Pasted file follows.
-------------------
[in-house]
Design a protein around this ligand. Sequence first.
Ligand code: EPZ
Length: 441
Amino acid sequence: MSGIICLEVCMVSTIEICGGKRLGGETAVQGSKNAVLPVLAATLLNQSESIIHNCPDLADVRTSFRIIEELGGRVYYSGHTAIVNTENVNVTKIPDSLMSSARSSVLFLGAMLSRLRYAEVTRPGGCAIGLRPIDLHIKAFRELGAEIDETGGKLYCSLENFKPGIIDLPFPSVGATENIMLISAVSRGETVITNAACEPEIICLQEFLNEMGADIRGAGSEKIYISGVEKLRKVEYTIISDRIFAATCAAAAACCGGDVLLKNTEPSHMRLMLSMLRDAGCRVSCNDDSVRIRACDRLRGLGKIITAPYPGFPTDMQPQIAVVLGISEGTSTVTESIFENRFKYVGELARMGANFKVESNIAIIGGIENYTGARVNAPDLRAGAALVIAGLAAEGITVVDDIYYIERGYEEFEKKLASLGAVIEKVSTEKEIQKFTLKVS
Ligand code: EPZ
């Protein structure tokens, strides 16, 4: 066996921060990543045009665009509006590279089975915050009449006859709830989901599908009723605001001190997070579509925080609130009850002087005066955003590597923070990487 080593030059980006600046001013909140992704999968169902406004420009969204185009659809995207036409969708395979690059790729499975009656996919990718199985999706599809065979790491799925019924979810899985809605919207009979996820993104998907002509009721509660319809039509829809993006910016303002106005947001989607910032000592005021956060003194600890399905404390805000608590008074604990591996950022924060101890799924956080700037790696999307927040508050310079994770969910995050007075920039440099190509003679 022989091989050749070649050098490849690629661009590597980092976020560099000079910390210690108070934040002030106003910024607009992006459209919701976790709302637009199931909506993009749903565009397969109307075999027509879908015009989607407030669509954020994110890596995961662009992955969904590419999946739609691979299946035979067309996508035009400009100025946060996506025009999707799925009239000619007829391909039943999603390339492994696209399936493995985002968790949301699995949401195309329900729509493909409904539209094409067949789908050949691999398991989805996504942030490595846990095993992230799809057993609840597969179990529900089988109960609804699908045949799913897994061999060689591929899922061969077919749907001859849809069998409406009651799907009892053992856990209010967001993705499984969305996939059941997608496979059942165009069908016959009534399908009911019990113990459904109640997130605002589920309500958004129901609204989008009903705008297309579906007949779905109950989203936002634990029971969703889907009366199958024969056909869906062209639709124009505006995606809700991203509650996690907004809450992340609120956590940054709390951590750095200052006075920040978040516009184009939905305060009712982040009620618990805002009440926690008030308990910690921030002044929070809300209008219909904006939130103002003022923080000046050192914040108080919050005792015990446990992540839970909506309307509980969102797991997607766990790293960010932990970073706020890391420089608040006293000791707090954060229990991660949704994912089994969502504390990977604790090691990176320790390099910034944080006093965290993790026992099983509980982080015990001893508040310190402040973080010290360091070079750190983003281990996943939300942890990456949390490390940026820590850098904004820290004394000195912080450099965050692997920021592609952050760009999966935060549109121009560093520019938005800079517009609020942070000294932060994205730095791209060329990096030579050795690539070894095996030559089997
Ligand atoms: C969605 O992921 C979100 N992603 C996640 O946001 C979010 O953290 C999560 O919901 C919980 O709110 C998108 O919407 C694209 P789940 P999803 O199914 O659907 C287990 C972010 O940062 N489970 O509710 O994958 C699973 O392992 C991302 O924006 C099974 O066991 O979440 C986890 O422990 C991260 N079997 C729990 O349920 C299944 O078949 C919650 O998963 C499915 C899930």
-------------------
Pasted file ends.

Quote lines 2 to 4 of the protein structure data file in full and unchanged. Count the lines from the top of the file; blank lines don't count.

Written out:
Design a protein around this ligand. Sequence first.
Ligand code: EPZ
Length: 441